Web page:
Tariff hike or NEA's restructuring?
Instead of giving priority to hiking the electricity tariff, the initiatives taken to restructure the NEA should be taken to a meaningful conclusion.
Nepal Electricity Authority (NEA) has once again forwarded the proposal to hike the electricity tariff to the Electricity Tariff Fixation Commission (ETFC). Citing its ‘great loss’, the NEA has been forwarding the proposal to hike electricity tariff from time to time. Even the principle of trade does not say that any commodity should be purchased at a higher rate and sold at a lower rate. However, in least developed countries like Nepal, there is the practice of the government providing some subsidy in essential commodities like electricity.
As per the existing provisions, the ETFC can hike electricity or other tariffs once a year but not more than five percent at a time. NEA is trying to hike the electricity tariff based on this very provision. Especially, the NEA has cited reasons like the increased rate of power purchase agreements (PPAs) signed with private producers and the signing of PPA in US dollars for the need to hike the electricity tariff.
However, it hasn’t been even a year since the ETFC hiked the electricity tariff last time, as demanded by the NEA. Every time the electricity tariff is hiked, the restructuring of NEA is made a major agenda. However, once the tariff is hiked and the consumers start paying the increased tariff silently, the agenda of restructuring the NEA is back-burnured and preparation are started for hiking the tariff again.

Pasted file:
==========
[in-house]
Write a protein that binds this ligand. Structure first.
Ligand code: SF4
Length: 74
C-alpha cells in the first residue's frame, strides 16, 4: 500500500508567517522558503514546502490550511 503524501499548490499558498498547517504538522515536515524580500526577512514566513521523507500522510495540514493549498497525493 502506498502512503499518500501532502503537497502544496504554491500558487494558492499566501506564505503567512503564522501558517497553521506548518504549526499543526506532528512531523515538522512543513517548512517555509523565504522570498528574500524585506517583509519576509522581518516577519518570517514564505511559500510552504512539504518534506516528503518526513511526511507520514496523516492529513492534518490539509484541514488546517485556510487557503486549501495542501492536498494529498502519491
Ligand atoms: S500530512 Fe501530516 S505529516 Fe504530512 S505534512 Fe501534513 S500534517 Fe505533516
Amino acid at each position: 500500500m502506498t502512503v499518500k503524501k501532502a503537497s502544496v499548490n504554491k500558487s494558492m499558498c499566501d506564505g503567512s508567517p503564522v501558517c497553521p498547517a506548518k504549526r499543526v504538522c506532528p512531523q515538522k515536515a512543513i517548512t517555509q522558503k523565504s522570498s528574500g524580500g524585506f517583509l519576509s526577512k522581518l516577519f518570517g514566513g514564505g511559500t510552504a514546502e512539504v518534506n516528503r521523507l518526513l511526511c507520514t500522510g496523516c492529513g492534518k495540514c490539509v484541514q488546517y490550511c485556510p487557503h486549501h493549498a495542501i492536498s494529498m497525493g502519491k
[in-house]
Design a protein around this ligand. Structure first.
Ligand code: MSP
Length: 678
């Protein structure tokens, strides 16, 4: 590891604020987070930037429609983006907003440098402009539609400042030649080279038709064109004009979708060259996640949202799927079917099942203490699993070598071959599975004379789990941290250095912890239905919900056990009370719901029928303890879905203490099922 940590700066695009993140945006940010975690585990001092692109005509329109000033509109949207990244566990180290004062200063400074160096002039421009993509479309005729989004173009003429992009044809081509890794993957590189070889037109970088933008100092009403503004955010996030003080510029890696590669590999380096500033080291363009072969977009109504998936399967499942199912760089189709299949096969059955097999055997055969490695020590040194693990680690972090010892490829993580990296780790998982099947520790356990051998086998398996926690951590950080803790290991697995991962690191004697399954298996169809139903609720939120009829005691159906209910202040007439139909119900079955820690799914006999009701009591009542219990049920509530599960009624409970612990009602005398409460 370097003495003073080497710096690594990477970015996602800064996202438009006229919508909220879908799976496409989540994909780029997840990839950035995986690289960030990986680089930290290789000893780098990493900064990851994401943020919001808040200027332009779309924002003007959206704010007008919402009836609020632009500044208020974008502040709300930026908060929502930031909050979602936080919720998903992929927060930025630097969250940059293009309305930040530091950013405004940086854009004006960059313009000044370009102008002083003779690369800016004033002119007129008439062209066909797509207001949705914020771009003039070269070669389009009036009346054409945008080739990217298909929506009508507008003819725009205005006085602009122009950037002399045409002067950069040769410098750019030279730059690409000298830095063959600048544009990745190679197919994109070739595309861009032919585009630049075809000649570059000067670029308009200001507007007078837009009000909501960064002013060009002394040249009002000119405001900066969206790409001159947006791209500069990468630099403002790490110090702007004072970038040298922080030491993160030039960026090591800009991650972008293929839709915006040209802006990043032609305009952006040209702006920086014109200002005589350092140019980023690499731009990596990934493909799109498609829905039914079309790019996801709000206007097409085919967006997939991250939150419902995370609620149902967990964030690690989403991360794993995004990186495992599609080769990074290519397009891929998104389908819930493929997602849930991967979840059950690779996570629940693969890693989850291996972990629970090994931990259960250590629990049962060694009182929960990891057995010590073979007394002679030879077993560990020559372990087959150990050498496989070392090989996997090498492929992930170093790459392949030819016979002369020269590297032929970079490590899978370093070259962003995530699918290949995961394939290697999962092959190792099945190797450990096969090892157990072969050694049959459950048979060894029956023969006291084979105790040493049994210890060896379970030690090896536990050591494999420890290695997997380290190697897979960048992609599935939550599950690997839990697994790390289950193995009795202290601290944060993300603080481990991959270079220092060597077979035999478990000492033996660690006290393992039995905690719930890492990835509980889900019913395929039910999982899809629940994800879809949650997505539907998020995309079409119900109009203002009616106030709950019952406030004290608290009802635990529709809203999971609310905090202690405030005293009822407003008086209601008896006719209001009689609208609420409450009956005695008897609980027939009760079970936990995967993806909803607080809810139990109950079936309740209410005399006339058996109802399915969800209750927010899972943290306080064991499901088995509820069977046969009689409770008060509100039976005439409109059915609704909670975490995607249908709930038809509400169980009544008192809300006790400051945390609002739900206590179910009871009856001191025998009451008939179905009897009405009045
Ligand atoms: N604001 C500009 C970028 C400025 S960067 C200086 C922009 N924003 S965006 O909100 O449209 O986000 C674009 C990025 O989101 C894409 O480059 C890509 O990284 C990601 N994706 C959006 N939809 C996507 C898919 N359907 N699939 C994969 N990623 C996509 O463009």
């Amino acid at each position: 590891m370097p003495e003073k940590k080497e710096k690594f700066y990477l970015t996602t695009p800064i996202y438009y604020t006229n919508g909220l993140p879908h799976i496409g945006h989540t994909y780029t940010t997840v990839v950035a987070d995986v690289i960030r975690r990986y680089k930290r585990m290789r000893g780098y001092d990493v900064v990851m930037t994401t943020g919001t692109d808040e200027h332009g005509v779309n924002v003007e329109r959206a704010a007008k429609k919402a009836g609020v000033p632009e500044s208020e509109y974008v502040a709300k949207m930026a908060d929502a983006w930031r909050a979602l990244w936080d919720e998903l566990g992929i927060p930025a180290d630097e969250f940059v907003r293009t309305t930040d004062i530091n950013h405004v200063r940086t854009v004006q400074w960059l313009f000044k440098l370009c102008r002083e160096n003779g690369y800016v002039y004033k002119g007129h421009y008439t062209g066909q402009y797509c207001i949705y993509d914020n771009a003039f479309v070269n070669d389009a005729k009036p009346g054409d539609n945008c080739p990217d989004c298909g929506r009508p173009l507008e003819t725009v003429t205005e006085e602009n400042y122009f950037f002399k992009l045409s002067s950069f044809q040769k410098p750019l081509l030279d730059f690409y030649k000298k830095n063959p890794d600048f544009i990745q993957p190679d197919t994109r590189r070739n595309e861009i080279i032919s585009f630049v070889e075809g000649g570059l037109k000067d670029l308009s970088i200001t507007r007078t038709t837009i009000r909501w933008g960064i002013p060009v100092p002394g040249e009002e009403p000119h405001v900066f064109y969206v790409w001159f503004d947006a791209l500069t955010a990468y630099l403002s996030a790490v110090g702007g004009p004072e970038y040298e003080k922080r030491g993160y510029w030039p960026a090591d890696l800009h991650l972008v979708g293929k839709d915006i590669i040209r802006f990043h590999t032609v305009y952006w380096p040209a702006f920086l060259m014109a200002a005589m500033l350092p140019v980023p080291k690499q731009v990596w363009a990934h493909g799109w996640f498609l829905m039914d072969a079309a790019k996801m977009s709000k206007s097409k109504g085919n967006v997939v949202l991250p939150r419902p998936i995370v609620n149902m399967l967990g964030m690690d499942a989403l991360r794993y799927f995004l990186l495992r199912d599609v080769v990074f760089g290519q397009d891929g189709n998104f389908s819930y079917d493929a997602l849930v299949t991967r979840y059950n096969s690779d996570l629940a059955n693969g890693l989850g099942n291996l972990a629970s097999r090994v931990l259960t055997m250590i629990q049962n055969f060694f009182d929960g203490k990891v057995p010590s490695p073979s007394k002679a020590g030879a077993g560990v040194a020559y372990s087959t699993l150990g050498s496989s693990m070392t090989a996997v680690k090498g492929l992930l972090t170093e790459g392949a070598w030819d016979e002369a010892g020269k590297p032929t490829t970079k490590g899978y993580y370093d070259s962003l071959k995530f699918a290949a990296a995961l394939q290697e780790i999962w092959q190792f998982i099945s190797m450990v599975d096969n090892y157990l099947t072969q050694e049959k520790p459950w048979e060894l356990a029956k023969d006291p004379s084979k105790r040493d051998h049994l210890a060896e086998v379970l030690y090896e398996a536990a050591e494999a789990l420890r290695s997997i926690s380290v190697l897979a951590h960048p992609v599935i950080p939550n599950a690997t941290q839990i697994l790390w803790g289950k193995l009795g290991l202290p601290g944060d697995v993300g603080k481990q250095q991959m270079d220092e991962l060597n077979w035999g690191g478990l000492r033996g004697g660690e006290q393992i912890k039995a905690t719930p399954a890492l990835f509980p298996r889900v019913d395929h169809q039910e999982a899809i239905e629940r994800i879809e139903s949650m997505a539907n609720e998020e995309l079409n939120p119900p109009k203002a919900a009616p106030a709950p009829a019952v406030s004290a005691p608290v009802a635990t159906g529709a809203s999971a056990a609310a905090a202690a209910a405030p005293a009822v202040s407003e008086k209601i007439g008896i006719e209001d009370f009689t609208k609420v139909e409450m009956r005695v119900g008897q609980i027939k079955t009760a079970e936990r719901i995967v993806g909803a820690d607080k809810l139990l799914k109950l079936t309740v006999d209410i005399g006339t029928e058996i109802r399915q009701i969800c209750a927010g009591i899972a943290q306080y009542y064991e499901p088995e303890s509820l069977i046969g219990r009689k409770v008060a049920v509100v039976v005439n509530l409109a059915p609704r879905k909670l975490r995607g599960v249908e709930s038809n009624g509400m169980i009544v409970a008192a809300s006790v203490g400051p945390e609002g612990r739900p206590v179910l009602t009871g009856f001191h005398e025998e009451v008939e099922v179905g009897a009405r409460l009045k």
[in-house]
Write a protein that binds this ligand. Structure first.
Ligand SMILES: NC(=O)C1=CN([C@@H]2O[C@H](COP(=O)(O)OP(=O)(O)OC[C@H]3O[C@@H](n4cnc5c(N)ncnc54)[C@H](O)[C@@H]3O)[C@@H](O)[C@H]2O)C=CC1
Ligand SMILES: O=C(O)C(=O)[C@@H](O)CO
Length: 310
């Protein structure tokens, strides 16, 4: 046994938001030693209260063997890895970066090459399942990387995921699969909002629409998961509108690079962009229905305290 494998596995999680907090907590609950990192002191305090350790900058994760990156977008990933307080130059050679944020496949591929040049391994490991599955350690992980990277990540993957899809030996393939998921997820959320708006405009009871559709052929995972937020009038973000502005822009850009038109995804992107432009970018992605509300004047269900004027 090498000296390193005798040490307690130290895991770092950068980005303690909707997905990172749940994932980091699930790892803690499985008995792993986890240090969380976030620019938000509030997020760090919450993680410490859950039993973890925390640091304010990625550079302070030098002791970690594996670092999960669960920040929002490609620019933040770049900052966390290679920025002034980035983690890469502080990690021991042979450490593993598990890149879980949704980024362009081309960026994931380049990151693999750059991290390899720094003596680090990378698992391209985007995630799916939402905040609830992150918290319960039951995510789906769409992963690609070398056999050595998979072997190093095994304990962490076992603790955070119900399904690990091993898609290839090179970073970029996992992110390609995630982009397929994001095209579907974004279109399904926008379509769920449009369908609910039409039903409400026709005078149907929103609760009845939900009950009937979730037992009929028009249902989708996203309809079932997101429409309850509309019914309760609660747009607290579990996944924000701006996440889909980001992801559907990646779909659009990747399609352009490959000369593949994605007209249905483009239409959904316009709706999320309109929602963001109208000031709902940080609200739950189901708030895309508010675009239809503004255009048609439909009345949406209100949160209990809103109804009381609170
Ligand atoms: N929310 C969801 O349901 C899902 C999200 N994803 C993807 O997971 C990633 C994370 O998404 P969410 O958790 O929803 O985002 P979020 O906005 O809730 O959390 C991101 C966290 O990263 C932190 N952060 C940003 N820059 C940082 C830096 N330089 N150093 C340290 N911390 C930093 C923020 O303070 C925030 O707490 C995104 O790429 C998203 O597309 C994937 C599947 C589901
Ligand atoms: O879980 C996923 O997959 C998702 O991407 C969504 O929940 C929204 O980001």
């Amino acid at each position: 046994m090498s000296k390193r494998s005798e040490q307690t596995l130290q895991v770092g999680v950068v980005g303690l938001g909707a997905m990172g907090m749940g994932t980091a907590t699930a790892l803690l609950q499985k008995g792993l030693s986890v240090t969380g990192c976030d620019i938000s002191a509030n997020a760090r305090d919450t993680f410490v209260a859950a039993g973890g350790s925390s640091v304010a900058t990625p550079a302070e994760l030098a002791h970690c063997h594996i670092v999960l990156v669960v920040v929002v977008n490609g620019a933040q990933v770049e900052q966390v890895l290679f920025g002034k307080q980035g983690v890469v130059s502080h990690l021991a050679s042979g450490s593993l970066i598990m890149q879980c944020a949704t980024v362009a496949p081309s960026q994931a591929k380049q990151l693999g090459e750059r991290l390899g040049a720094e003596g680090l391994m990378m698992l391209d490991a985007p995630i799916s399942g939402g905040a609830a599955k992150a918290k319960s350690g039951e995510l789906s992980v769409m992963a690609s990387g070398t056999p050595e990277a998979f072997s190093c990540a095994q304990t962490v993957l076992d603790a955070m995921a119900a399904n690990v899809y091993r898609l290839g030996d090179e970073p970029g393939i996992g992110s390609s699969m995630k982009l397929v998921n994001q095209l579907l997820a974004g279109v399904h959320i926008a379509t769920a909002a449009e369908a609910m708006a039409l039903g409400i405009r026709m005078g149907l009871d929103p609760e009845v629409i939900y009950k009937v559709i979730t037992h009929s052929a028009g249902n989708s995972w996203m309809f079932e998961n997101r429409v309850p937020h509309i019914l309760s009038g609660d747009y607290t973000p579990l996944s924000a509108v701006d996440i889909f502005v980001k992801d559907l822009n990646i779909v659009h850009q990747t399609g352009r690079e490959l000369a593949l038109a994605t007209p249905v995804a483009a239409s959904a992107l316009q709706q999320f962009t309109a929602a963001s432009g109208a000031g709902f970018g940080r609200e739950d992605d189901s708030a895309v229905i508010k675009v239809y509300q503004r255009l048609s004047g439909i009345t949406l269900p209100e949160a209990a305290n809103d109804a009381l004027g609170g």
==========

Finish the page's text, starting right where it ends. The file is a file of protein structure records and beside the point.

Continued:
When the electricity tariff was hiked by about 20 percent last year by categorizing the consumers into seven types, it was argued that the tariff won’t be reviewed for some time. At that time, the demand fee, energy fee and the off-peak fee of the time-of-day meter determined in 2012 for not only household users but also industrial, business and non-business users had been increased.
Though now the proposal has been forwarded to hike the electricity tariff for industrial users, the NEA has proposed to decrease the minimum electricity consumption from 30 units to 10 units for household users. This shows that even those consumers who use minimum electricity will be affected by the hike. Electricity tariff in Nepal is already the highest in South Asia. If it is hiked further, the consumers are going to bear the brunt. The per capital consumption of electricity is very low in Nepal. The fact is, we have not been able to use electricity for multi-purpose due to its scarcity. The available electricity is being used to light homes and has not been able to contribute to economic production to any significant level.
Availability of electricity, it tariff and industrial production are very closely interconnected. The industrial costs become very high if the electricity tariff is high but the commodity is not available for regular use. At present, the use of the installed industrial capacity of Nepal is not even 60 percent while the production cost is high.
Though industrial production has increased somewhat after measures to decrease load-shedding were employed last March, the situation is yet far from being satisfactory. Compared to big industries, the production cost of cottage and small industries is high. It’s not just the high purchase rate of electricity that has resulted in the high loss of NEA; the bloated NEA structure, overstaffing and low quality equipment and the electricity leakage of more than 24 percent are also responsible for NEA’s loss. Therefore, instead of giving priority to hiking the electricity tariff, the initiatives taken to restructure the NEA should be taken to a meaningful conclusion.